While walking was the activity in this particular study, other research has shown that all kinds of movement can help protect your health. If you're looking to get those protective benefits for yourself you could choose to walk, bike, lift weights, dance, or garden. If you're not moving as much or as well as you'd like, see your physical therapist. PTs are the most qualified professionals on the planet to help you move better and allow you to stay healthy and enjoy life. From designing a program to get you started or moving more to help you recover from an injury, your PT is the right person to look to for help.

Can your PT make you more resilient to disease? The evidence says yes!

People usually see a physical therapist for pain or loss of function. Think of the person who has back pain, the injured athlete or the person who's had a stroke. They all want to improve how they move and complete tasks. Now, there is good reason to wonder if physical therapists will start seeing more people who are not in pain or having difficulty moving. Why would these people come to a PT? To improve their overall health and wellness.


There is strong evidence suggesting that movement is a valuable predictor of future health and resilience against disease. Physical therapists are movement specialists, so taking advantage of their expertise makes sense if your goal is to become healthier and live longer.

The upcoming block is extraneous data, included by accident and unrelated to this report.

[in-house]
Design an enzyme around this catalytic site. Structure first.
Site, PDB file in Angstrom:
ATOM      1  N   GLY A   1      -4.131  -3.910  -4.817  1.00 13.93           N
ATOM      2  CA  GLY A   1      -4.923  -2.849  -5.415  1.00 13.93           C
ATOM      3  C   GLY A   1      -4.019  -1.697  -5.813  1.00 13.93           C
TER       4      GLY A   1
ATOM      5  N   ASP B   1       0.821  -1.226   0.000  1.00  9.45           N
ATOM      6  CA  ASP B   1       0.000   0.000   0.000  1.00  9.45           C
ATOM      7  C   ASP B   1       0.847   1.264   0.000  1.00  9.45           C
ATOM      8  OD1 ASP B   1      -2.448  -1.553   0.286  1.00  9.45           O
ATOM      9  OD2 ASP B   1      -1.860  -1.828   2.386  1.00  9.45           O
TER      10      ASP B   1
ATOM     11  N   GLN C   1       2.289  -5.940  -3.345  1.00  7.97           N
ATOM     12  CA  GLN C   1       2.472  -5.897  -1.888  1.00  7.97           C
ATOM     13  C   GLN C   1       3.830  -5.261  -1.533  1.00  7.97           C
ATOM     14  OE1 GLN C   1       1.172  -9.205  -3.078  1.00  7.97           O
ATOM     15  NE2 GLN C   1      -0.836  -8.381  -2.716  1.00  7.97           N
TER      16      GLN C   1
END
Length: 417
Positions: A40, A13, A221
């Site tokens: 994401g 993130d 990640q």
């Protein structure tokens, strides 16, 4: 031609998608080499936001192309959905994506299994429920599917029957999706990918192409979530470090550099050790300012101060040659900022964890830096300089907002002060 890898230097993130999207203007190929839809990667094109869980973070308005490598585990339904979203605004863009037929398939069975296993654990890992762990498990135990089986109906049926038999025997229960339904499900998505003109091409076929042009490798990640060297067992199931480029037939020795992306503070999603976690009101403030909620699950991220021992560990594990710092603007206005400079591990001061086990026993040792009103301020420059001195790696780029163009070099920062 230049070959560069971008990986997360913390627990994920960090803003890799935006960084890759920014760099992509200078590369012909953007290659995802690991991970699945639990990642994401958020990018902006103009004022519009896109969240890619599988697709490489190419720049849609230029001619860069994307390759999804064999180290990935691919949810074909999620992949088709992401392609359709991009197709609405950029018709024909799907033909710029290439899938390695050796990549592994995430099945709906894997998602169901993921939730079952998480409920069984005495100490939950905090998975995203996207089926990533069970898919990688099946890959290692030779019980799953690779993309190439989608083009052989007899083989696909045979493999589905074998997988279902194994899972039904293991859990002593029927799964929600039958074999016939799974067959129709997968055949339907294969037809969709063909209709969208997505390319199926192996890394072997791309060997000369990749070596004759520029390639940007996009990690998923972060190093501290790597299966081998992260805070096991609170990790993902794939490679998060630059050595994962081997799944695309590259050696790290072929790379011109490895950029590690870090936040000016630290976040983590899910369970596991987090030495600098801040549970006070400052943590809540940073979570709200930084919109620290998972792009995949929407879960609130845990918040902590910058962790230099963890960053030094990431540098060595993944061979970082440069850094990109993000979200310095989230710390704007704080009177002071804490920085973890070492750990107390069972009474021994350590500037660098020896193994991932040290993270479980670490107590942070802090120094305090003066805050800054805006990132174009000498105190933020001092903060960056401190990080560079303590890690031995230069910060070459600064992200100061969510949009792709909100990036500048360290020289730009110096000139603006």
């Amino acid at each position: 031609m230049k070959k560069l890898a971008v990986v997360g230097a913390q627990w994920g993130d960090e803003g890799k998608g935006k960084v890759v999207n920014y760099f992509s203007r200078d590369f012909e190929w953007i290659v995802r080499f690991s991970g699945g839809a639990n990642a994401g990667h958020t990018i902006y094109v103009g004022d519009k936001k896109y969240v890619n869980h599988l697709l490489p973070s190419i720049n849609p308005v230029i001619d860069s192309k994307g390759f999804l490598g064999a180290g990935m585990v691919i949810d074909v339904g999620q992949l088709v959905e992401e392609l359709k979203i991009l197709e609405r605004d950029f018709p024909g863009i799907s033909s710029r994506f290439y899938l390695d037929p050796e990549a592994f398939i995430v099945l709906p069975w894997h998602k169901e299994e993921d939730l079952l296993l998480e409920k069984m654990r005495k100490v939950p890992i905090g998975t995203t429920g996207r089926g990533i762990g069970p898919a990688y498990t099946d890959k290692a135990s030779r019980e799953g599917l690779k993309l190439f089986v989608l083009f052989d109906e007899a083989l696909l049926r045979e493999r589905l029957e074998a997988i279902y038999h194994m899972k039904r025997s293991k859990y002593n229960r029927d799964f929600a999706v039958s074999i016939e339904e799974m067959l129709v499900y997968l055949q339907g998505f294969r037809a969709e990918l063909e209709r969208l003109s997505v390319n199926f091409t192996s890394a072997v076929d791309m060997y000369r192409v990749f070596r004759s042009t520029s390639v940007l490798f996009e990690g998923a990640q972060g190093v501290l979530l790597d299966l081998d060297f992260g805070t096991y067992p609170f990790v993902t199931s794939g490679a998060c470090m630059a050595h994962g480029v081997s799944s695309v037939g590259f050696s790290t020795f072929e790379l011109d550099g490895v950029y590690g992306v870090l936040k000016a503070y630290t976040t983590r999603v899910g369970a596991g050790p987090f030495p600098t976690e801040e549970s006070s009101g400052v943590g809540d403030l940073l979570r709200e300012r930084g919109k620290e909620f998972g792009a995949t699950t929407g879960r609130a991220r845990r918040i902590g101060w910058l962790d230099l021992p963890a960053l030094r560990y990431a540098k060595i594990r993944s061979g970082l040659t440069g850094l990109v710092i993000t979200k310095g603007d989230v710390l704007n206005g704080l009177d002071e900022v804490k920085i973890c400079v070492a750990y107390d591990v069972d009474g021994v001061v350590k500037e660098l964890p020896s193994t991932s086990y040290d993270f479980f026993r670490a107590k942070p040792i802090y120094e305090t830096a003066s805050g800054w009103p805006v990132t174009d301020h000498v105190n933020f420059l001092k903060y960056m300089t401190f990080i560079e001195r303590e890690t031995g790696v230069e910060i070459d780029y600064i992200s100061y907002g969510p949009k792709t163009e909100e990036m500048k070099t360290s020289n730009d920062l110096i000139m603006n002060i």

Here are some examples of the power of movement when it comes to predicting future health:

Gait Velocity
Gait velocity is how fast you walk. Studies have shown that if your typical walking speed is over 1 m/s or 3.3 ft/s, you're likely able to complete typical daily activities independently. You're also less likely to be hospitalized and less likely to have adverse events like falls. If you'd like to test yourself, measure out a straight, flat course to walk between 10' and 30' long. You'll also need 5' or so at the beginning and the end for acceleration and deceleration. Walk the course at your typical speed and divide the length of the course by how long it took you to walk it (distance/time). That's your gait velocity.


Get On and Off the Floor
A series of studies suggest that if you can go from standing to sitting on the floor and back to standing without using your hands, you're a lot less likely to die than someone who can't. It's called the sitting-rising test.

Here's how it works: You start standing, and without support, you sit down on the floor, then stand back up. You start with a score of 10. Every time you put a hand, knee, forearm, or the side of your leg on the floor you lose 1 point. Putting a hand on your knee or thigh to help also costs a point. In a sample of
over 2,000 people, they found that scoring less than 8 points made you twice as likely to die in the next 6 years when compared to people who scored higher. Score 3 or less and you're 5 times more likely to die in the same period. Overall, each point in the test is worth a 21% decrease in mortality from all causes.
Notice that both gait velocity and the sitting-rising test aren't specific to any one thing. The risk of hospitalization in the gait velocity studies was hospitalization for any reason. Death in the sitting-rising studies was death from anything. So while we know that exercise and a healthy lifestyle reduce your risk of specific diseases like heart disease or diabetes, it appears that being able to move may provide much more wide-ranging protection than we previously thought.